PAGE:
The Visualizing Justice project commenced in 2020, as the United States experienced widespread protests against racial injustice following the murder of George Floyd. To confront the extent of violence perpetuated in the United States against Black people, we started the project by mapping police killings. We used data from The Mapping Police Violence team, who have documented police killings since 2013. The video above represents each person killed by police from 2013 to 2020 as a point on a map corresponding to their location and known race. We also mapped whether police were using body cameras at the time of the killing, and whether any police were charged in relation to the death.
In America today, large metropolitan areas display higher levels of racial segregation than they did in the early 90s, and the rate of homeownership among Black people has barely risen since the 70s. Racial segregation in housing and low rates of home ownership have led to generational wealth inequalities. To understand and move beyond these disparities, the Visualizing Justice project examined the long history of structural racism in the US property market and its ongoing legacy today.
KPIX-TV Eyewitness News report from July 9th 1968 by Mike Lee in San Francisco, which examines the relationship between police and the African American community of Bayview Hunters Point. Includes interviews with Larry Jones and Homer Lee. Also features silent views of youths hanging out in the neighborhood. It's worth noting that this item was orginally titled 'Ghetto Report II' in the KPIX News shot-log for 1968. Opening graphic designed by Carrie Hawks.
A pattern of questionable no-knock raids are discussed as part of "Broken Doors," a new investigative podcast series from the Washington Post. Hosted by Jenn Abelson and Nicole Dungca. With a typical search warrant, police are supposed to knock and announce themselves. But with no-knock warrants, police can force their way into people’s homes without warning. This includes the harrowing tale of harrassment by police of Bengie Edwards.
ACLU of Northern California explains that California has a reputation as the proverbial “Golden State” of opportunity, promise, innovation, and fearless resistance. But there is an inconvenient truth that may surprise anyone who learned that California decried slavery and was admitted to the Union as a “free” state. "Little known is the fact that the state’s founding went hand in hand with official government policies that sanctioned slavery and genocide,” says Abdi Soltani, executive director of the ACLU of Northern California. African Americans toiled as slaves in the mines during the Gold Rush and beyond even though the state constitution banned slavery. Through narratives, public records, archival material and images, this project exposes California’s hidden history and its legacy in the state’s courts, culture, and conscience.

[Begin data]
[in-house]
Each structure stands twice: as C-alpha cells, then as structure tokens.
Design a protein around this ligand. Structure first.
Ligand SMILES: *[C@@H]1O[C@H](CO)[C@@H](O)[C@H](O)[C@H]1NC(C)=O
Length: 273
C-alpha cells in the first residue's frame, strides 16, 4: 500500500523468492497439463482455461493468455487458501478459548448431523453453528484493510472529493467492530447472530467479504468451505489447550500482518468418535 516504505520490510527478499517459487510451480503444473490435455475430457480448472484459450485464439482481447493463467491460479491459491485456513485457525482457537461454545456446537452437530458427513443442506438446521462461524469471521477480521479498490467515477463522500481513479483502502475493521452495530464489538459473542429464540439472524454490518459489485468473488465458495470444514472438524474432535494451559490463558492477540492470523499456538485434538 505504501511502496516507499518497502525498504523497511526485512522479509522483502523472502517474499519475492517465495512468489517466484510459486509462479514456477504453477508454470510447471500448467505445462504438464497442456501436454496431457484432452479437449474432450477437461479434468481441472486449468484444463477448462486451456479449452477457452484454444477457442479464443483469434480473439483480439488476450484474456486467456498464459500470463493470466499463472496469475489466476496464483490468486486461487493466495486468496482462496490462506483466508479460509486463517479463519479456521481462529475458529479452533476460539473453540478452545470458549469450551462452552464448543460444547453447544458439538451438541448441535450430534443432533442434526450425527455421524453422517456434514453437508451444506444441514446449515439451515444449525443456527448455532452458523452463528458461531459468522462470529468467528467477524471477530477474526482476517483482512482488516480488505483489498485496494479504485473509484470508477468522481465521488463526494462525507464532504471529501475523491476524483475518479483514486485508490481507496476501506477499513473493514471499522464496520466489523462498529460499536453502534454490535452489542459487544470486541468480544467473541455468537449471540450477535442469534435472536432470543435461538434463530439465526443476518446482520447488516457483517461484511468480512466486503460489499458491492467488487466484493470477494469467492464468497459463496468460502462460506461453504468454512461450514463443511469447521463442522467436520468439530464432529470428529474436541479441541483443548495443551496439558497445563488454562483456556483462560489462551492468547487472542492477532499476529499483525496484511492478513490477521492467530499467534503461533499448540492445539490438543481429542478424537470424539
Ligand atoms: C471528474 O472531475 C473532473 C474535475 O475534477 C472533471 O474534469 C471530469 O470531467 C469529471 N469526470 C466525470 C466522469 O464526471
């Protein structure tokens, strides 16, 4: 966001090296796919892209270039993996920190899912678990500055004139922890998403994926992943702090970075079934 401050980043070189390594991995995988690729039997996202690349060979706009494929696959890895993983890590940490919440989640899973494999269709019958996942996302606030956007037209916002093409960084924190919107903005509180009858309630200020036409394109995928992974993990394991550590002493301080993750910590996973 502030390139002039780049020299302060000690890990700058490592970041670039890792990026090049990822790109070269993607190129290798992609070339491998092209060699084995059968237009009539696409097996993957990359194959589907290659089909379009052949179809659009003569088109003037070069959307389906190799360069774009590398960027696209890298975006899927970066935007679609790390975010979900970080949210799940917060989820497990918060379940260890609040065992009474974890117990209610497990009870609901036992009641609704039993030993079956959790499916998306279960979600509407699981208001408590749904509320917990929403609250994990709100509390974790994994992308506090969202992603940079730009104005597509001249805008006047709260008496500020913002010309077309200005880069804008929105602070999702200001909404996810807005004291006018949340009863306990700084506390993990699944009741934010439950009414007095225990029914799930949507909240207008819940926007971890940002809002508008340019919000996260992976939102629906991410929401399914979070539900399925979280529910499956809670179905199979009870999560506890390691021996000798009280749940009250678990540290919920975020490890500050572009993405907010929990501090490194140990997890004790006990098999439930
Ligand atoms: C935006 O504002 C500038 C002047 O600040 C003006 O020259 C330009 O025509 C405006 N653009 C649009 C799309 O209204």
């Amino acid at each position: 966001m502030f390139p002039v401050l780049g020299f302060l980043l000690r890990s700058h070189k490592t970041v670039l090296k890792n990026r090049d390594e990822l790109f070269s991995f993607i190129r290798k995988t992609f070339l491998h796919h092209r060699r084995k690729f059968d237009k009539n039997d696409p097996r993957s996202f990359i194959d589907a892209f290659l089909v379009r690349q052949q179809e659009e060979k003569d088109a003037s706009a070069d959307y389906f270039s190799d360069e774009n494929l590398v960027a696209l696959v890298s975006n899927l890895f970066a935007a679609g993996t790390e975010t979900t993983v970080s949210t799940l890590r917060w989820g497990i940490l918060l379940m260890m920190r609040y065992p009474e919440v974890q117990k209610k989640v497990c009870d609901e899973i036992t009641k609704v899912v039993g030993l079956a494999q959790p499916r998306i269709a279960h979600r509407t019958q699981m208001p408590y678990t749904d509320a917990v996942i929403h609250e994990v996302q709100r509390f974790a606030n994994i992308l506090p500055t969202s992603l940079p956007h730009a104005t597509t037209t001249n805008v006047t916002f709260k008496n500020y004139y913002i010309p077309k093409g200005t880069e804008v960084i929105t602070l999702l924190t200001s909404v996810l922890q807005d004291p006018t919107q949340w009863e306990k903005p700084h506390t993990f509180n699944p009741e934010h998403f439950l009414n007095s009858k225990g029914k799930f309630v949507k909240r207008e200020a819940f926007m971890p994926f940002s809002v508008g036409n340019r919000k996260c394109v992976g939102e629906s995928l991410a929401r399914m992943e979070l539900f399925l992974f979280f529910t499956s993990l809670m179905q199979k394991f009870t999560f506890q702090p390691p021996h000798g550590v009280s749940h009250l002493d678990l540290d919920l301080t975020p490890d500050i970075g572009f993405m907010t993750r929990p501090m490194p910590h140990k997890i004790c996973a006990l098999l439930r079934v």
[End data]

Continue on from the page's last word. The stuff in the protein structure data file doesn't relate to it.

University of California's Calisphere exhibit describes that a small number of Afro-Latinos and other Africans arrived in California before the Gold Rush. About 200 to 300 slaves came to work the gold fields, followed by free African Americans. In 1850, when California joined the United States as a free state, the census showed California with 962 black residents. Many former slaves gained their freedom, but lack of government oversight allowed slavery to flourish in certain regions. In 1852, a fugitive slave law made it illegal for slaves to flee their masters within California's supposedly free borders. All African Americans in California — born free or formerly enslaved — lived under a constant threat of arrest. During the mid-19th century, even "free" African Americans in California were barred from testifying in court or sending their children to public schools.
This Library of Congress blog explains that “By 1852, 300 slaves were working in the gold fields.” California had entered the Union as a free state in the Compromise of 1850, “but lack of government oversight allowed slavery to flourish in certain regions. Notably, African Americans were denied the right to vote and the right to testify in court, see also the California Supreme Court case, People v. Hall. The California Fugitive Slave Act of 1852, in combination with the fact that African Americans could not testify in court, endangered the lives and livelihoods of all Blacks.
California's first Governor named Peter Burnett Speech in 1849 advocated for banning Black people from California. Quote: “We have certainly the right to prevent any class of population from settling in our State, that we deem injurious to our society. Had they been born here, and had acquired rights in consequence, I should not recommend any measures to expel them. They are not now here, – except a few in comparison with the numbers that would be here, – and the object is to keep them out.” Also there was a Bill for An Act Prohibiting the Immigration of Free Negroes and Persons of Colour To this State (eventually failed).
This exhibit brings 19th-Century Black Organizing to Digital Life
From 1830 until after the Civil War, African Americans gathered across the United States and Canada to participate in political meetings held at the state and national levels. A cornerstone of Black organizing in the nineteenth century, these “Colored Conventions” brought Black men and women together in a decades-long campaign for civil and human rights.
The Othering & Belonging Institute's “Structural Racism Explained” video draws upon many varied sources in formulating specific definitions for different types of racism. The video description includes a link to a teaching guide developed by Stephen Menendian.